The US Food and Drug Administration (FDA) has approved a chicken that has been genetically engineered to produce a drug in its eggs. As part of a growing trend known as ‘farmaceuticals,’ these transgenic chicken eggs will contain a recombinant human enzyme that replaces a faulty enzyme in people with a rare, inherited condition that prevents the body from breaking down fatty molecules in cells. The drug, called Kanuma, was treated to a priority review by the FDA, which fast-tracked its approval.
For starters, let’s be clear about what that scary sounding word ‘transgenic’ means. Transgenic is basically the animal equivalent of a GMO. That is, the genes of certain animals are altered to make it do something it wouldn’t naturally do. In this case, it’s create an enzyme in the chicken eggs. Previously, the FDA approved transgenic goats in 2009 that produce an anticoagulant called ATryn (antithrombin) in their milk. In 2014, the agency gave the go-ahead for a drug for treating hereditary angioedema that is produced by transgenic rabbits.
According to the FDA and the drug company that sells the chicken-produced enzyme, the transgenic chickens aren’t intended to enter the food supply. That is, nobody is supposed to be eating these Franken-chickens. What this means is that these special chickens – genetically modified and bred to help humans – will be slaughtered and disposed of like so much of yesterday’s trash.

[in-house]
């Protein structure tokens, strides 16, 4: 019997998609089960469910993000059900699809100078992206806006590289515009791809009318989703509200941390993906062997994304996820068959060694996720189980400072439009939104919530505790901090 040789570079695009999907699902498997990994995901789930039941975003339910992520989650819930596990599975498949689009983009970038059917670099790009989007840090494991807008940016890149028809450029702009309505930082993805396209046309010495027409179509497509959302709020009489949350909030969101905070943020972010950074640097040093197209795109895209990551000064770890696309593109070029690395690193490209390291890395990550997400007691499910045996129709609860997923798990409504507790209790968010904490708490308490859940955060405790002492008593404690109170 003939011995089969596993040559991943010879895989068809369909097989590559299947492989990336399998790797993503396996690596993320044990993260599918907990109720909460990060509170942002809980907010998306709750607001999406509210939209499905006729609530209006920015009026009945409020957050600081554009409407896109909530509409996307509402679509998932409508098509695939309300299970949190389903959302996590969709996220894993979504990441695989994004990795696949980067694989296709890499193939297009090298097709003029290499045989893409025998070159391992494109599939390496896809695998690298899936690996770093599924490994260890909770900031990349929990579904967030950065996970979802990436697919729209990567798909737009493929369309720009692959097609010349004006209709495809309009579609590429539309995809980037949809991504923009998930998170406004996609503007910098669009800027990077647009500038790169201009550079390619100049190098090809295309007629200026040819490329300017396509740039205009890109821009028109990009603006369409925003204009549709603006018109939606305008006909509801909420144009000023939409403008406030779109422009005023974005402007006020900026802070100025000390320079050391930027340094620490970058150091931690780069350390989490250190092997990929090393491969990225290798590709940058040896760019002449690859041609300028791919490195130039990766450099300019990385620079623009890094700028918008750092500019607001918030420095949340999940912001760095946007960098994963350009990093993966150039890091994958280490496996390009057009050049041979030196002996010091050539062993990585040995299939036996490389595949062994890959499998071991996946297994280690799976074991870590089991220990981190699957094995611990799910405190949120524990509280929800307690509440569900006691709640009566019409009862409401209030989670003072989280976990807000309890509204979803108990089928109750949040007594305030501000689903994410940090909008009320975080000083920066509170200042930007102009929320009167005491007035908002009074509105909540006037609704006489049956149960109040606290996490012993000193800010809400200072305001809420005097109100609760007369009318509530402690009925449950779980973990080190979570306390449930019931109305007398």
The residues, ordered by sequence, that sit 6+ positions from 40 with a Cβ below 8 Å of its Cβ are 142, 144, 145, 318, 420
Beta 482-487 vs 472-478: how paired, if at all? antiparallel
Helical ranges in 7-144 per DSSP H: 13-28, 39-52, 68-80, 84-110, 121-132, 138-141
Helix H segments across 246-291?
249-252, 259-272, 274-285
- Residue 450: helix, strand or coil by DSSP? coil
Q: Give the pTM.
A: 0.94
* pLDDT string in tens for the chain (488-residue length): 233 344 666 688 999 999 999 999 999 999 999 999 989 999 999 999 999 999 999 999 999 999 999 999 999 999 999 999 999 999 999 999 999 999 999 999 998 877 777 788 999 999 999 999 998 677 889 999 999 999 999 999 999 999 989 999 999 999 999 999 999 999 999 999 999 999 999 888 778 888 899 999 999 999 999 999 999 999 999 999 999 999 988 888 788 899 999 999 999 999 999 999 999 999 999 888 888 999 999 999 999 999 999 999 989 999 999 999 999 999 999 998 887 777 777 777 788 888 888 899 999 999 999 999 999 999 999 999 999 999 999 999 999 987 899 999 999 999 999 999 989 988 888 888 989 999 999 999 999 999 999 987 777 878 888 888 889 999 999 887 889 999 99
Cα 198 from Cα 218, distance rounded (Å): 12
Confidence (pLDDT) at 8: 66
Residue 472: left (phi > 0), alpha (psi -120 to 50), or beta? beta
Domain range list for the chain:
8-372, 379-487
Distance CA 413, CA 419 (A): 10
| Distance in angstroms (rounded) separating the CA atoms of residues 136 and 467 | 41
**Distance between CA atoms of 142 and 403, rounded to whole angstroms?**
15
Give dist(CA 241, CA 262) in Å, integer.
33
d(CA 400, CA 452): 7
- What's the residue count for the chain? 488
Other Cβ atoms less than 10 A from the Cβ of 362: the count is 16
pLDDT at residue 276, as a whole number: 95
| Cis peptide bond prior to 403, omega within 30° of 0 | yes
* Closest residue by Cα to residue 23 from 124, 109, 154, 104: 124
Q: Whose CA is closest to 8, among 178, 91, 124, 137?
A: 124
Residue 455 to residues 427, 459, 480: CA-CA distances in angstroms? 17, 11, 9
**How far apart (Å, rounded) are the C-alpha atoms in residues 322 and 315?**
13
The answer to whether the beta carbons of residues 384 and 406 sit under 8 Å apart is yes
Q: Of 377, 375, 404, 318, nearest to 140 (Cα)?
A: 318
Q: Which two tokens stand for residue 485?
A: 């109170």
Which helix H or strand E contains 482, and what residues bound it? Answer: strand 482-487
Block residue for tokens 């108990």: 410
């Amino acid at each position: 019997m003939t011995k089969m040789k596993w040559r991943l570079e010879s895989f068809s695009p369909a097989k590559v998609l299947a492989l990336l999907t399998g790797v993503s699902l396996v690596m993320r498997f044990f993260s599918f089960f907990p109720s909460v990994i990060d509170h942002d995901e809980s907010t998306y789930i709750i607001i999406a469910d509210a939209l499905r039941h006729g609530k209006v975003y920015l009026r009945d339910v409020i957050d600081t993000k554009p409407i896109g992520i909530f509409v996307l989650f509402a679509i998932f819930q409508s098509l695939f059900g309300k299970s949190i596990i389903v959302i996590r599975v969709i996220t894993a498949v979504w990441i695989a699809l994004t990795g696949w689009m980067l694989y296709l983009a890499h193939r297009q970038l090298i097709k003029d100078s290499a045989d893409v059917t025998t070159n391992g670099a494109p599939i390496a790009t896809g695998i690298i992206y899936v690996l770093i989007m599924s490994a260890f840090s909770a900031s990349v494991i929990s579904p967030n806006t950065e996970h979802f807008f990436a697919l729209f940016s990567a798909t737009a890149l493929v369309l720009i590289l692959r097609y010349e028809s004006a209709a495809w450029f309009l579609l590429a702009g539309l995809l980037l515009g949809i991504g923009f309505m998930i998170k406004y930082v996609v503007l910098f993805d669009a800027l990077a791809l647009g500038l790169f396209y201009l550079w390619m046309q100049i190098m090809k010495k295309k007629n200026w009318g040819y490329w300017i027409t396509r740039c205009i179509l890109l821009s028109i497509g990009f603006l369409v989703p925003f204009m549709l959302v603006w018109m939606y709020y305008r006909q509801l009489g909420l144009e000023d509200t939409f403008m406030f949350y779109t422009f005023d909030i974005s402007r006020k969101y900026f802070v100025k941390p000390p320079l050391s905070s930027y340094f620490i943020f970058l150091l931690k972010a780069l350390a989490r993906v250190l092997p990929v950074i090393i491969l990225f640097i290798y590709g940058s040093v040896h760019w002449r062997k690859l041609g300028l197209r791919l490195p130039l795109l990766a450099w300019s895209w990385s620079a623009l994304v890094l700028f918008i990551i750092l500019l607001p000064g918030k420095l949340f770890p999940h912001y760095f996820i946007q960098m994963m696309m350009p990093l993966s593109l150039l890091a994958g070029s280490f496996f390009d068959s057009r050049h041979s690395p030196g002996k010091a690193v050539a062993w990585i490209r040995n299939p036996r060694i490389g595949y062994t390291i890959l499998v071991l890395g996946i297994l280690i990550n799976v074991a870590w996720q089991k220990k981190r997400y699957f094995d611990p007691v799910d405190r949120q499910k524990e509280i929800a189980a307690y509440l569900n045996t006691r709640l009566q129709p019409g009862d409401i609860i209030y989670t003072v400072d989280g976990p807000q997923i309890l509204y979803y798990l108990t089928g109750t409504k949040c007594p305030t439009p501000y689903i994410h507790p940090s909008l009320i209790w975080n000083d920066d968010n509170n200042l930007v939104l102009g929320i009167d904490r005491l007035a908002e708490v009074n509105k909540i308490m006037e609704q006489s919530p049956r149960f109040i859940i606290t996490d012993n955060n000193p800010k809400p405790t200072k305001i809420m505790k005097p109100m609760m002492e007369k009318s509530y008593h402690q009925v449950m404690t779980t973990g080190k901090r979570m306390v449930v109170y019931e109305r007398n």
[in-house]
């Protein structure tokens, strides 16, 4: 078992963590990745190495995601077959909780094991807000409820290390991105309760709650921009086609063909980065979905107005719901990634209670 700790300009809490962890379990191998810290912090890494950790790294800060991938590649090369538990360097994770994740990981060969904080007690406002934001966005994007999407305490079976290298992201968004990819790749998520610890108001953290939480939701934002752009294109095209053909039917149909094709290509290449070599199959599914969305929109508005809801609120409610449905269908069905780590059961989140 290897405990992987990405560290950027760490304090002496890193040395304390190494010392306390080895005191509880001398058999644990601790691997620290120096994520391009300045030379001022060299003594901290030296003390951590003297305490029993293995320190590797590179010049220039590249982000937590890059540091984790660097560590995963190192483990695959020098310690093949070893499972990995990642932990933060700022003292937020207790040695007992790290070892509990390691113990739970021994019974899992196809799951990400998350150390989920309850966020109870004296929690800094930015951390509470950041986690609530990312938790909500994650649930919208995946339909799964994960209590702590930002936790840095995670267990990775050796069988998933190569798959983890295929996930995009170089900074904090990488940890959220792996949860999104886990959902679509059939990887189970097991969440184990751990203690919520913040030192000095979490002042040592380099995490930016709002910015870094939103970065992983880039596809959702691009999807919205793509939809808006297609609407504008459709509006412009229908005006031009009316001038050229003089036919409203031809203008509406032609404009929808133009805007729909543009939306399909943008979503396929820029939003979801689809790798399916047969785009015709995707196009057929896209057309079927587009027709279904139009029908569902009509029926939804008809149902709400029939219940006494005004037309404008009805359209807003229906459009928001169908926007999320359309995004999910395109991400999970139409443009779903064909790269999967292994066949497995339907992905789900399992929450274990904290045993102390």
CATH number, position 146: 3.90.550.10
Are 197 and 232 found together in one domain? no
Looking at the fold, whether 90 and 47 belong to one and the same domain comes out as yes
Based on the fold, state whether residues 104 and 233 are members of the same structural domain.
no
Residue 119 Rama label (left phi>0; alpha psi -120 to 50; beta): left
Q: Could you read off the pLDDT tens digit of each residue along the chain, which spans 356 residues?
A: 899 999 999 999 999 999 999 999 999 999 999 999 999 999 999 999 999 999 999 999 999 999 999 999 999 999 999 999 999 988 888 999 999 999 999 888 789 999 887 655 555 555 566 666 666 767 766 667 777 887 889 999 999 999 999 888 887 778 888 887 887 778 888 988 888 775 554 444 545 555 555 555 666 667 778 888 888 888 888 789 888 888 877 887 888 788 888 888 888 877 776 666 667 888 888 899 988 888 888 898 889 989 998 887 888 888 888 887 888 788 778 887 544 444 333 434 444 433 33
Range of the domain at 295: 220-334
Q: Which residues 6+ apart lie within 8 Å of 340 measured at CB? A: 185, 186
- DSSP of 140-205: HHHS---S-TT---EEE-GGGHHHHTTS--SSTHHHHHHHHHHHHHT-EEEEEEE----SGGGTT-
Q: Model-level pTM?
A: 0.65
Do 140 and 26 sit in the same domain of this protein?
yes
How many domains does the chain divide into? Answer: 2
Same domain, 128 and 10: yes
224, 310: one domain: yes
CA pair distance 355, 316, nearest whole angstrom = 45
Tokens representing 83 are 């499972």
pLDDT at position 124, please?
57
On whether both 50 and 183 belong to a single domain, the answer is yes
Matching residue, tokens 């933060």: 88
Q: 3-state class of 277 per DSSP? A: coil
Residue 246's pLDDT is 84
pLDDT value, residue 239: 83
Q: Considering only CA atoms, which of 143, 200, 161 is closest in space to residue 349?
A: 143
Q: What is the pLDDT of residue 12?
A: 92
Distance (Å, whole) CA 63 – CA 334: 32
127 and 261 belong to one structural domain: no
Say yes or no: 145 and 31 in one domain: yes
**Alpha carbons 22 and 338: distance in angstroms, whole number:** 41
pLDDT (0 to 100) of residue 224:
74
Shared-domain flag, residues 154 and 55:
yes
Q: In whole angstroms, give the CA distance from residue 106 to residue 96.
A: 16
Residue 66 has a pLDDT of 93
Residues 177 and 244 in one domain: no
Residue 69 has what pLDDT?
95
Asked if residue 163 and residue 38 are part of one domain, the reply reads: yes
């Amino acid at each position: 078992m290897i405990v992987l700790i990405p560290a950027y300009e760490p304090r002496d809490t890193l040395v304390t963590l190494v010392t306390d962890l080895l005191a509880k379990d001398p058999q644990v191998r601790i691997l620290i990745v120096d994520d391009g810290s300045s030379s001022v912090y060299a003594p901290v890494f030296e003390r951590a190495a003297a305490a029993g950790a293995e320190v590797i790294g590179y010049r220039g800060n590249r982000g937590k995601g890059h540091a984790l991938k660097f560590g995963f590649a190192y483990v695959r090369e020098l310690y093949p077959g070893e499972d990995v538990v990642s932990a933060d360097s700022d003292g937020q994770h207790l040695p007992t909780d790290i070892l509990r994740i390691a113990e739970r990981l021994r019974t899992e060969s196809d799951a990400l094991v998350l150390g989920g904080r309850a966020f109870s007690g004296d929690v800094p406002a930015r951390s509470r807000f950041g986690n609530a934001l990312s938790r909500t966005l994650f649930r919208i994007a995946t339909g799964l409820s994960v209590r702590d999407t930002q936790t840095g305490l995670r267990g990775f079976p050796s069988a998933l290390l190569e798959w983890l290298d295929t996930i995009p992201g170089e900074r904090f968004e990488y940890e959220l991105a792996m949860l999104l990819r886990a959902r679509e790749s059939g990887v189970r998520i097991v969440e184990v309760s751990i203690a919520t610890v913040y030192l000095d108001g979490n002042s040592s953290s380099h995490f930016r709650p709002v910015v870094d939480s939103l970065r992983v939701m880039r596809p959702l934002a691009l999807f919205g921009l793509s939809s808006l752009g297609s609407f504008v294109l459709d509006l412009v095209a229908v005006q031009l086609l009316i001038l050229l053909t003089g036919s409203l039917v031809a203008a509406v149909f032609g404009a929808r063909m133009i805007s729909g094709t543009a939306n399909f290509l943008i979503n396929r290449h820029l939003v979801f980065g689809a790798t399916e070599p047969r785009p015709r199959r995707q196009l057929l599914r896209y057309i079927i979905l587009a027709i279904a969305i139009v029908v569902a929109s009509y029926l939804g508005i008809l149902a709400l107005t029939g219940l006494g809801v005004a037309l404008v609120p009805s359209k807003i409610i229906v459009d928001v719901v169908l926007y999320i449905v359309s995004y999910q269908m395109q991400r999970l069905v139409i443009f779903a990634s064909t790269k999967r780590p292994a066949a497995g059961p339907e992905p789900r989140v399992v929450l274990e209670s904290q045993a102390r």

The FDA sped through Kanuma’s review process because the drug is in high demand. The disease that it is designed to treat, lysosomal acid lipase deficiency, causes fat to accumulate in the liver, spleen and vasculature. Infants struck with a form of the disease typically die quickly. Another form that affects older patients causes liver enlargement, fibrosis and cirrhosis, as well as cardiovascular disease.
The FDA has stated that altering the genetic material of chickens in this way won’t have an adverse effect on the environment because the animals are raised in indoor facilities. One might argue that makes for a pretty adverse environment for the chickens. Yet, geneticists are chomping at the bit to produce even more transgenic “animal drugs” such as this one. “The floodgates are opening,” said William Muir, a geneticist at Purdue University, “and I can’t wait to see what comes next.”